Bears can’t afford another ‘terrible’ season from OLB Robert Quinn
Quinn was limited in the opening practice of training camp. The Bears hope to have him full speed by Monday, because he needs the reps.
Robert Quinn wants to leave his first season with the Bears in the past and never discuss it again. Of course he does.
“I’ll be honest: Just a terrible year for me, personally,” Quinn said.
No argument here. But after watching him sign a mammoth free-agent contract, then put up just two sacks, it’s a little early to forgive and forget. Quinn has a lot to prove to an organization that believed it had formed a monster pass rush with him and Khalil Mack opposite each other at outside linebacker.
And there’s already some skepticism about a bounce-back season given that Quinn has been limited by a lower-back injury for more than a month and was limited in the opening practice of training camp Wednesday. Quinn brushed it off as “no concern,” and coach Matt Nagy said he’d still get meaningful snaps as he built up his strength.
Nonetheless, even as Quinn enters his 11th season, practice reps will be vital. He missed extensive time last summer, and it clearly hindered him.
“When we get pads on, we need to get him going on those full-speed reps,” Nagy said.
Those start Monday with the first practice in full pads.
Quinn was arguably the Bears’ biggest letdown in a 2020 season stuffed with them. They signed him to a five-year, $70 million contract — the second-largest total for any free agent that year — with $30 million guaranteed. His $14.7 million salary-cap hit this season is second on the Bears only to wide receiver Allen Robinson.
Concerns arose immediately. The most glaring among them was that Quinn always has been adamant that he does his best work as a defensive end but joined the Bears as an outside linebacker in their 3-4 defense. He said, essentially, he’d adapt.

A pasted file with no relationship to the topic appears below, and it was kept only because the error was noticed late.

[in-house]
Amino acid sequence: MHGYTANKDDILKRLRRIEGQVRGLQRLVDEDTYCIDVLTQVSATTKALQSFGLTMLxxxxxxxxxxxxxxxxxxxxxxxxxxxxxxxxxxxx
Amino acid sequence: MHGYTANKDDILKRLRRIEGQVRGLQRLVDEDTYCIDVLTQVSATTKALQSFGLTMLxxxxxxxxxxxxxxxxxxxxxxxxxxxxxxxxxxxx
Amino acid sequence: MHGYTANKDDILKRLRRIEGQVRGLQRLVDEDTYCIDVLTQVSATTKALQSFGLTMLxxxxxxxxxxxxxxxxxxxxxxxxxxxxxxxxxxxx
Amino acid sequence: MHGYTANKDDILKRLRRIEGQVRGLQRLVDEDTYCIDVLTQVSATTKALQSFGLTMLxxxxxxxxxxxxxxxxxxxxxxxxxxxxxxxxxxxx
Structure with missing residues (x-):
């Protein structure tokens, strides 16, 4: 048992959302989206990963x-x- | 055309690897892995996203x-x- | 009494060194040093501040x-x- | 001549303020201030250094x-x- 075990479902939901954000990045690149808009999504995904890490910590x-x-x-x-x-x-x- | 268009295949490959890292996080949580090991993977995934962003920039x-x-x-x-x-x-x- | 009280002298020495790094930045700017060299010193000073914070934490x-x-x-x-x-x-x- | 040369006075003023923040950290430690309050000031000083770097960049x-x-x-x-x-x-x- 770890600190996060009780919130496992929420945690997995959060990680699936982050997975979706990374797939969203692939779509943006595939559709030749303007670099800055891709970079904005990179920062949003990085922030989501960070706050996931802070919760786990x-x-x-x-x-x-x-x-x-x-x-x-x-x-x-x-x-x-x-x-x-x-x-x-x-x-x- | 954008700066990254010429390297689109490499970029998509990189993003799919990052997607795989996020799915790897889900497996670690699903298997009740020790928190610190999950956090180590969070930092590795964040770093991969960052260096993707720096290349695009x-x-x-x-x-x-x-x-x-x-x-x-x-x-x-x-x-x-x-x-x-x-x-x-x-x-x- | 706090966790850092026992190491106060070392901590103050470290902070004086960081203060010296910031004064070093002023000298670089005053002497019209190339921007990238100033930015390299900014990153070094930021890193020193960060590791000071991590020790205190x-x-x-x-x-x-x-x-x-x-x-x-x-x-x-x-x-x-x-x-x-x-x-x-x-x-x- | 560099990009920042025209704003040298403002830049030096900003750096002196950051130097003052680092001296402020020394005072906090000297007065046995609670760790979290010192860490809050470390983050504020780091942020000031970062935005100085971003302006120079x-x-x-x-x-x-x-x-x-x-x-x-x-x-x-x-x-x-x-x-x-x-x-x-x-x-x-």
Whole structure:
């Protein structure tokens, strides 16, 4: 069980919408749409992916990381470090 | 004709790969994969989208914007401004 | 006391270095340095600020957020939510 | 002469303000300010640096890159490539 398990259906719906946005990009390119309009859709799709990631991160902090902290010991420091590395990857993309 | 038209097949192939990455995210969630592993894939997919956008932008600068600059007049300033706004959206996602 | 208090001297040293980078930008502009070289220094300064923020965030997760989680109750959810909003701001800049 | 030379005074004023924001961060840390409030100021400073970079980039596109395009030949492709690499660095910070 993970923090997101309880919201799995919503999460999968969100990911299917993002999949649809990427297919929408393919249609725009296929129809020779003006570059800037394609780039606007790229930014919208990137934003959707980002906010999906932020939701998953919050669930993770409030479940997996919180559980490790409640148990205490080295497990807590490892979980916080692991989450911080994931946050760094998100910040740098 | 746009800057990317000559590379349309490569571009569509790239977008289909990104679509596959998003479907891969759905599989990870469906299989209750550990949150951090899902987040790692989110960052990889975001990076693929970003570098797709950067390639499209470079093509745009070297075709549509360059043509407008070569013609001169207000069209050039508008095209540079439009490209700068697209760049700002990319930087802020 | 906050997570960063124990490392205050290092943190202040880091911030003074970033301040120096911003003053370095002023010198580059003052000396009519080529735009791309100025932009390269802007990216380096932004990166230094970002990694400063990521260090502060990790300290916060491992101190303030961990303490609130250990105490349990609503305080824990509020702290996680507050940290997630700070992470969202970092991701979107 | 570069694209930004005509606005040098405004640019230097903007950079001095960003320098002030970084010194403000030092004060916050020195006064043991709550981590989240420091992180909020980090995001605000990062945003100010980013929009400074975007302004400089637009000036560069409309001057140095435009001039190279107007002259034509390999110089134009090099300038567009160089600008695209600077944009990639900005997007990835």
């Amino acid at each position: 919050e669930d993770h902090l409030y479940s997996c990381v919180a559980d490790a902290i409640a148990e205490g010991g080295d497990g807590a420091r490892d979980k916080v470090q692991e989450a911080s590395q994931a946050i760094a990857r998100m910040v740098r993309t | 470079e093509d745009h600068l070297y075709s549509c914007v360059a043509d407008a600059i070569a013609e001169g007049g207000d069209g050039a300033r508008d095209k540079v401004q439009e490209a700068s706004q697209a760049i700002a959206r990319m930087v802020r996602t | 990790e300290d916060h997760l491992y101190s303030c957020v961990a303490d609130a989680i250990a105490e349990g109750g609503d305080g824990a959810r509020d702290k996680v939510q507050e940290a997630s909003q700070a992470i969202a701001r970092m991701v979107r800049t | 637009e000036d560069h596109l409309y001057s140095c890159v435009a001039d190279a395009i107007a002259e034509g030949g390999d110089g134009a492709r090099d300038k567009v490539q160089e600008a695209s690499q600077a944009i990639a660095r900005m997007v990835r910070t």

It still sounded like a shaky situation for both sides, and now it’s up to new defensive coordinator Sean Desai to solve the puzzle they created.
Quinn was pretty clear he’d like that solution to include heavy usage as a defensive end on the right side.
That’s where he played when he erupted for 40 sacks from 2012 through 2014 with the Rams, earning All-Pro honors with 19 in 2013, and during his 11.5-sack season for the Cowboys in 2019.
“If you’ve known my career, if you know me, you know where I like to be,” he said. “I think he knows where I’m dominant at.
“I think we’re all on the same page. I get the opportunity to hopefully re-prove myself and hopefully earn the respect from the guys, make sure I don’t disappoint them like I did last year.”
Mack led the team with just nine sacks last season, followed by nose tackle Bilal Nichols (five). Quinn had just two in 548 snaps.
The man he replaced, by the way, had a career year for the Rams. Leonard Floyd put up 10.5 sacks and earned a four-year, $64 million extension.
With Quinn ineffective, it was easier for teams to load up against Mack. The Bears stumbled to 17th in sacks (down from third two seasons earlier) and 19th in opponent passer rating (down from first) as their defense slid from great to good. Quinn mostly avoided answering questions about what went wrong.
“Really just trying not to dwell on the past,” he said. “I can erase 2020 — well, put it behind me — because it’s done and over with. Now I’m gonna look forward to this year and come in with a better, positive mindset, a little more energetic . . . and try to give the Bears the best version of myself. Hopefully they get what they’re looking for.”